Background: The presence and degree of neuronal degeneration already existing in patients at their initial presentation with a clinically isolated syndrome suggestive of multiple sclerosis (CIS) is unclear, and whole brain or whole normalised grey matter analyses have not demonstrated significant atrophy in CIS cohorts at clinical presentation. Voxel-based analyses allow detection of regional atrophy throughout the brain and, therefore, may be sensitive to regional atrophy in CIS patients, and these changes may correspond with clinical disability.
Methods: This study used a modified voxel-based morphometry (VBM) method to correct for lesion effects to analyse regional atrophy and perform voxel-wise correlations between volume and clinical metrics in 41 untreated CIS patients at presentation compared with 49 healthy controls.
Results: The results confirmed that there was no significant difference in whole normalised grey matter volume between CIS and controls, whereas VBM showed significant areas of bilateral thalamic, hypothalamic, putamen and caudate atrophy. Voxel-wise correlations with clinical measures showed that cerebellar volumes correlated with clinical cerebellar function, nine-hole peg test scores and the Multiple Sclerosis Functional Composite (MSFC) score, and that the MSFC score was also correlated with putamen volume. Lastly, T1 lesion volumes were found to correlate with thalamic and hippocampal atrophy, suggesting a link between white matter lesions and grey matter degeneration at the earliest stages of multiple sclerosis.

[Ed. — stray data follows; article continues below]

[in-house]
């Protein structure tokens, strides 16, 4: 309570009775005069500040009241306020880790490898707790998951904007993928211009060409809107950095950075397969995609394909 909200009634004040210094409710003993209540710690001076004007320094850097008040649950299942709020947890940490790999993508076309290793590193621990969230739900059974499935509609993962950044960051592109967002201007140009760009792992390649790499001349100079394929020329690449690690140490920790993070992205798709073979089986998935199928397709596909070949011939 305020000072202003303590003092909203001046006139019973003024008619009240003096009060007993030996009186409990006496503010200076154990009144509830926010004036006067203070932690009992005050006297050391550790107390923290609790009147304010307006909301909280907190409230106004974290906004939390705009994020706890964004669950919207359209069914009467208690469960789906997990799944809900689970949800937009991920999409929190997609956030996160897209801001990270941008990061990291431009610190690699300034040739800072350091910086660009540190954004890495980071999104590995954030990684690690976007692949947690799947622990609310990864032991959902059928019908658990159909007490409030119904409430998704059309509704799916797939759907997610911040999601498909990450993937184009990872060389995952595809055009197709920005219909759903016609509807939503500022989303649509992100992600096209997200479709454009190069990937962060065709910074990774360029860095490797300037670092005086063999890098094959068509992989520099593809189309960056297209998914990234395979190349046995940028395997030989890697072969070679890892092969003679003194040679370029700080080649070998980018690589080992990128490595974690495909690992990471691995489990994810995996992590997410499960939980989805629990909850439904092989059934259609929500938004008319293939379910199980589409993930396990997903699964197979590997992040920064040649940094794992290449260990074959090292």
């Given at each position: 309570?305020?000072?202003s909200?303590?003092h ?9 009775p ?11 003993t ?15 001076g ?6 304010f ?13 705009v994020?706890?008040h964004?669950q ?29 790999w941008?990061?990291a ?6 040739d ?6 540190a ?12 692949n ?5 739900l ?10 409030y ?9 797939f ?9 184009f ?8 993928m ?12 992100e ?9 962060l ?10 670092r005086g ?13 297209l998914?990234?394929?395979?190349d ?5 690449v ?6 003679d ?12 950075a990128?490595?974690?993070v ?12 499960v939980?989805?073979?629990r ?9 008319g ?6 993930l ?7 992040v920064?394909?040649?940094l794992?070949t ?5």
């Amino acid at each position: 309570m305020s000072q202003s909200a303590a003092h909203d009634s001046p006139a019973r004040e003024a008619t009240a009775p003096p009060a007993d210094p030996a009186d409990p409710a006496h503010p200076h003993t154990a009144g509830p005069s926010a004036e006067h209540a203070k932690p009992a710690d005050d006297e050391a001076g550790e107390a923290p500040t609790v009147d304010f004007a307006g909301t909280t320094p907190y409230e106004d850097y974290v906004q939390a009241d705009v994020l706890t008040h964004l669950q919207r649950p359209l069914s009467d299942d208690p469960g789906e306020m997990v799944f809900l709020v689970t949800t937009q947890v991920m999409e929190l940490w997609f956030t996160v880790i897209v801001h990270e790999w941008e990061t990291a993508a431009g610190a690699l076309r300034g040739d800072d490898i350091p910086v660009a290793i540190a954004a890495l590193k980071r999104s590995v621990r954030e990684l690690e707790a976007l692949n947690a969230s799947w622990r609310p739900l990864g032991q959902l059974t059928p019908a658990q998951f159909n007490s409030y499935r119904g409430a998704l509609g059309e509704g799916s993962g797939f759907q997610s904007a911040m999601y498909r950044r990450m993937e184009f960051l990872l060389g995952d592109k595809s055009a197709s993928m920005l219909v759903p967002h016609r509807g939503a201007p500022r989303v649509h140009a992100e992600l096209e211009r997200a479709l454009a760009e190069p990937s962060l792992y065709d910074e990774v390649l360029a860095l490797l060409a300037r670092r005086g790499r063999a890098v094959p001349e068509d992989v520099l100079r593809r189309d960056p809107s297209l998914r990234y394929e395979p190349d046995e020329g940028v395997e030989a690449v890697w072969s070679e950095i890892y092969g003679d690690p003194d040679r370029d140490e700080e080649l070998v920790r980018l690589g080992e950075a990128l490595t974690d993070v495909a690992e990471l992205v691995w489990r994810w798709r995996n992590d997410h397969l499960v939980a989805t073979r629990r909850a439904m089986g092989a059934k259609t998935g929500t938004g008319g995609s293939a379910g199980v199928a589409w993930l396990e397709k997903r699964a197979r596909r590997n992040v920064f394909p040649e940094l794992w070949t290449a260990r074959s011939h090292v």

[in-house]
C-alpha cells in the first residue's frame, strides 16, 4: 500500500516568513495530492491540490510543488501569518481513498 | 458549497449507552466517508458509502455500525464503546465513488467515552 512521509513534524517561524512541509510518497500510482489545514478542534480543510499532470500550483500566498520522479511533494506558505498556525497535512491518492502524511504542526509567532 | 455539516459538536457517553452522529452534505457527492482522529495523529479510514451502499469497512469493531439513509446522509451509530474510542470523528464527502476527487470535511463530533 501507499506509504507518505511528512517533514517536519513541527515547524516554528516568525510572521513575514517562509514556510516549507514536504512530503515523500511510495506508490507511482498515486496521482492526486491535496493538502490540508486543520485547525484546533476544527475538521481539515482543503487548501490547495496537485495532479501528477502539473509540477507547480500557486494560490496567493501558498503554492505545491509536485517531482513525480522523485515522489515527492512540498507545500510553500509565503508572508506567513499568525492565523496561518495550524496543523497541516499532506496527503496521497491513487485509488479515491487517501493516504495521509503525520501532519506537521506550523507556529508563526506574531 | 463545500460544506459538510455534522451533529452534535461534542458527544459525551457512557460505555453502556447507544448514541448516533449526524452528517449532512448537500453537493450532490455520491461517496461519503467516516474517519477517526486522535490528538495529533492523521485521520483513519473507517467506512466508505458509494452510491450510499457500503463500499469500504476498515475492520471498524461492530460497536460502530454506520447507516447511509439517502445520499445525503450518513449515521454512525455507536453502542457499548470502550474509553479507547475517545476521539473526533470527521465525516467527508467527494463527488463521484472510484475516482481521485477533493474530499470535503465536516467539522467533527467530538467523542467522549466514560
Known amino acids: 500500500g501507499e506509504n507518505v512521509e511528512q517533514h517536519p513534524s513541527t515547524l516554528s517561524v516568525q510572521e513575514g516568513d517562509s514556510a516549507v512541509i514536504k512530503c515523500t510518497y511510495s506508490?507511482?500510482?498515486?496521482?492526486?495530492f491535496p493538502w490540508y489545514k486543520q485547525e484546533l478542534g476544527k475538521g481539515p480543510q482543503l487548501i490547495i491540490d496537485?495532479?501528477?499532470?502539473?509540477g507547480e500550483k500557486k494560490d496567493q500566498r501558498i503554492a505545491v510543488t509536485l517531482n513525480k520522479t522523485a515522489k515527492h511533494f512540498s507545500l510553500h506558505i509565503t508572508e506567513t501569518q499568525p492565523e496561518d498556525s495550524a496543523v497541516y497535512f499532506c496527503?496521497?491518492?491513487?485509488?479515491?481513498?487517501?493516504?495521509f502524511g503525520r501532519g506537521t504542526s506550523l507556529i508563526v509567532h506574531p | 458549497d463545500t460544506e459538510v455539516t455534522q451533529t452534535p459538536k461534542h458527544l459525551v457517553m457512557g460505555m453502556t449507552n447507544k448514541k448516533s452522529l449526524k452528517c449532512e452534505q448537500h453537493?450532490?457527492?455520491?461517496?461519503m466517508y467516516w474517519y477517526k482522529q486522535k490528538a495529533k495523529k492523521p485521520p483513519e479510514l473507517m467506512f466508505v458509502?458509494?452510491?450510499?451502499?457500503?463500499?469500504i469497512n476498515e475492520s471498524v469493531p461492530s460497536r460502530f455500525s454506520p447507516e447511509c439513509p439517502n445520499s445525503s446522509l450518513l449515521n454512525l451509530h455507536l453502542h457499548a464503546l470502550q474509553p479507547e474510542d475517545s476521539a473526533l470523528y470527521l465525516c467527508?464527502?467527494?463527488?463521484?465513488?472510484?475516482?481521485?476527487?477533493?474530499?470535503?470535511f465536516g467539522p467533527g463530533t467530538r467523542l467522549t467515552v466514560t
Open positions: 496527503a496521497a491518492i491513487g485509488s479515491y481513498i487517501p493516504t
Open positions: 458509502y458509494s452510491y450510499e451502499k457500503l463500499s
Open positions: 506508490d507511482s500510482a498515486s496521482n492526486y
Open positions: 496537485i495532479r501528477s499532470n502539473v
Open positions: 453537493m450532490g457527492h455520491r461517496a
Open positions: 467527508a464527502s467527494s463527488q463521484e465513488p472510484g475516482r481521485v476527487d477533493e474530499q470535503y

Conclusions: Atrophy is present in CIS patients at presentations, particularly in the thalamus, and other deep grey matter structures. Furthermore, the correlations with clinical metrics suggest the importance of this atrophy to clinical status and the correlation with T1 lesion load suggests a possible role of Wallerian degeneration.
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